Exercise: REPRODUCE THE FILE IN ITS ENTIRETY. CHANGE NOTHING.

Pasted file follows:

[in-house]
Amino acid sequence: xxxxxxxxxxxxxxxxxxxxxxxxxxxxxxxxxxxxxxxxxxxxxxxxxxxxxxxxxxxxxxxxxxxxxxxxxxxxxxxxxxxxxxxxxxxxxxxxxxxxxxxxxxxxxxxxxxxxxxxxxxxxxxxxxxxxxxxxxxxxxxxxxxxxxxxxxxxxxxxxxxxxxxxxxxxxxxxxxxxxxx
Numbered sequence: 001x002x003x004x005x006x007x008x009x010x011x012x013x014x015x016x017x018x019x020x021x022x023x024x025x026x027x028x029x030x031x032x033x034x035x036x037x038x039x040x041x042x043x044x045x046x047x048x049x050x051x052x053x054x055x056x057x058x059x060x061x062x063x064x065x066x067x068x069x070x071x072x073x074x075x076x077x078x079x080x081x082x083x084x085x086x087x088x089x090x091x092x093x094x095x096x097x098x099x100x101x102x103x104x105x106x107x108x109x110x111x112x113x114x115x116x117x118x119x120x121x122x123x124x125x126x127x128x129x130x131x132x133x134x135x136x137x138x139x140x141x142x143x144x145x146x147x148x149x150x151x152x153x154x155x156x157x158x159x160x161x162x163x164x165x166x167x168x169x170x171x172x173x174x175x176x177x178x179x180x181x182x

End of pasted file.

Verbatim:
[in-house]
Amino acid sequence: xxxxxxxxxxxxxxxxxxxxxxxxxxxxxxxxxxxxxxxxxxxxxxxxxxxxxxxxxxxxxxxxxxxxxxxxxxxxxxxxxxxxxxxxxxxxxxxxxxxxxxxxxxxxxxxxxxxxxxxxxxxxxxxxxxxxxxxxxxxxxxxxxxxxxxxxxxxxxxxxxxxxxxxxxxxxxxxxxxxxxx
Numbered sequence: 001x002x003x004x005x006x007x008x009x010x011x012x013x014x015x016x017x018x019x020x021x022x023x024x025x026x027x028x029x030x031x032x033x034x035x036x037x038x039x040x041x042x043x044x045x046x047x048x049x050x051x052x053x054x055x056x057x058x059x060x061x062x063x064x065x066x067x068x069x070x071x072x073x074x075x076x077x078x079x080x081x082x083x084x085x086x087x088x089x090x091x092x093x094x095x096x097x098x099x100x101x102x103x104x105x106x107x108x109x110x111x112x113x114x115x116x117x118x119x120x121x122x123x124x125x126x127x128x129x130x131x132x133x134x135x136x137x138x139x140x141x142x143x144x145x146x147x148x149x150x151x152x153x154x155x156x157x158x159x160x161x162x163x164x165x166x167x168x169x170x171x172x173x174x175x176x177x178x179x180x181x182x